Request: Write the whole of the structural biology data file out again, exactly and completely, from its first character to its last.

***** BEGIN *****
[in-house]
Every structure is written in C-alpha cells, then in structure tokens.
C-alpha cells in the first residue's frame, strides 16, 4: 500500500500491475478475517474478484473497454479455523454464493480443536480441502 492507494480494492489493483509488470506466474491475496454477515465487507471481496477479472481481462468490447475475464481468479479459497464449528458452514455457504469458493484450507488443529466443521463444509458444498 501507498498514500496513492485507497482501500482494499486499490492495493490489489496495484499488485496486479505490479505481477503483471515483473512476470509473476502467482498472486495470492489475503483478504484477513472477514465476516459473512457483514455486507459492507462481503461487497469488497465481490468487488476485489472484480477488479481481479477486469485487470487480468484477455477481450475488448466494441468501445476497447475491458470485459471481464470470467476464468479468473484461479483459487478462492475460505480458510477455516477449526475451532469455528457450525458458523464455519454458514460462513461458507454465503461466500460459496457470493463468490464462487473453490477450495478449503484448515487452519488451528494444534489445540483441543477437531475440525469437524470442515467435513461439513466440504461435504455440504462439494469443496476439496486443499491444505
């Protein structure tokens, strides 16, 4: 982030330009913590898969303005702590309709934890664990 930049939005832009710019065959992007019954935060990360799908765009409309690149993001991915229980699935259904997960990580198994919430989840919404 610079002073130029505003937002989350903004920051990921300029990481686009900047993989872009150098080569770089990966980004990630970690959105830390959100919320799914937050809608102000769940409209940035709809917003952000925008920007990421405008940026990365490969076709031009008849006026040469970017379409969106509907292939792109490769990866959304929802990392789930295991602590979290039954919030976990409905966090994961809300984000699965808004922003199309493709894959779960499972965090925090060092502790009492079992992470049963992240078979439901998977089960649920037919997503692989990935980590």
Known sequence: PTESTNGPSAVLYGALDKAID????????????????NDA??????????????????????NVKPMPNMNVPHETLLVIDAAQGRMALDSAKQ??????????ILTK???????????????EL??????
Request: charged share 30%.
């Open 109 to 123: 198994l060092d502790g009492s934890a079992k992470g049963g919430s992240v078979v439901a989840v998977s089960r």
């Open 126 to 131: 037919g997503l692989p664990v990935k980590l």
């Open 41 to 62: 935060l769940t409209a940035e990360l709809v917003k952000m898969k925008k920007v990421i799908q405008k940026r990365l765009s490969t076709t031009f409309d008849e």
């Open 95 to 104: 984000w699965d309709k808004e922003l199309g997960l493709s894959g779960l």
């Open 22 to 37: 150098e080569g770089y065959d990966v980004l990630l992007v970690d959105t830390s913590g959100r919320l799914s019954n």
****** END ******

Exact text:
[in-house]
Every structure is written in C-alpha cells, then in structure tokens.
C-alpha cells in the first residue's frame, strides 16, 4: 500500500500491475478475517474478484473497454479455523454464493480443536480441502 492507494480494492489493483509488470506466474491475496454477515465487507471481496477479472481481462468490447475475464481468479479459497464449528458452514455457504469458493484450507488443529466443521463444509458444498 501507498498514500496513492485507497482501500482494499486499490492495493490489489496495484499488485496486479505490479505481477503483471515483473512476470509473476502467482498472486495470492489475503483478504484477513472477514465476516459473512457483514455486507459492507462481503461487497469488497465481490468487488476485489472484480477488479481481479477486469485487470487480468484477455477481450475488448466494441468501445476497447475491458470485459471481464470470467476464468479468473484461479483459487478462492475460505480458510477455516477449526475451532469455528457450525458458523464455519454458514460462513461458507454465503461466500460459496457470493463468490464462487473453490477450495478449503484448515487452519488451528494444534489445540483441543477437531475440525469437524470442515467435513461439513466440504461435504455440504462439494469443496476439496486443499491444505
């Protein structure tokens, strides 16, 4: 982030330009913590898969303005702590309709934890664990 930049939005832009710019065959992007019954935060990360799908765009409309690149993001991915229980699935259904997960990580198994919430989840919404 610079002073130029505003937002989350903004920051990921300029990481686009900047993989872009150098080569770089990966980004990630970690959105830390959100919320799914937050809608102000769940409209940035709809917003952000925008920007990421405008940026990365490969076709031009008849006026040469970017379409969106509907292939792109490769990866959304929802990392789930295991602590979290039954919030976990409905966090994961809300984000699965808004922003199309493709894959779960499972965090925090060092502790009492079992992470049963992240078979439901998977089960649920037919997503692989990935980590």
Known sequence: PTESTNGPSAVLYGALDKAID????????????????NDA??????????????????????NVKPMPNMNVPHETLLVIDAAQGRMALDSAKQ??????????ILTK???????????????EL??????
Request: charged share 30%.
């Open 109 to 123: 198994l060092d502790g009492s934890a079992k992470g049963g919430s992240v078979v439901a989840v998977s089960r």
């Open 126 to 131: 037919g997503l692989p664990v990935k980590l």
């Open 41 to 62: 935060l769940t409209a940035e990360l709809v917003k952000m898969k925008k920007v990421i799908q405008k940026r990365l765009s490969t076709t031009f409309d008849e």
């Open 95 to 104: 984000w699965d309709k808004e922003l199309g997960l493709s894959g779960l």
């Open 22 to 37: 150098e080569g770089y065959d990966v980004l990630l992007v970690d959105t830390s913590g959100r919320l799914s019954n």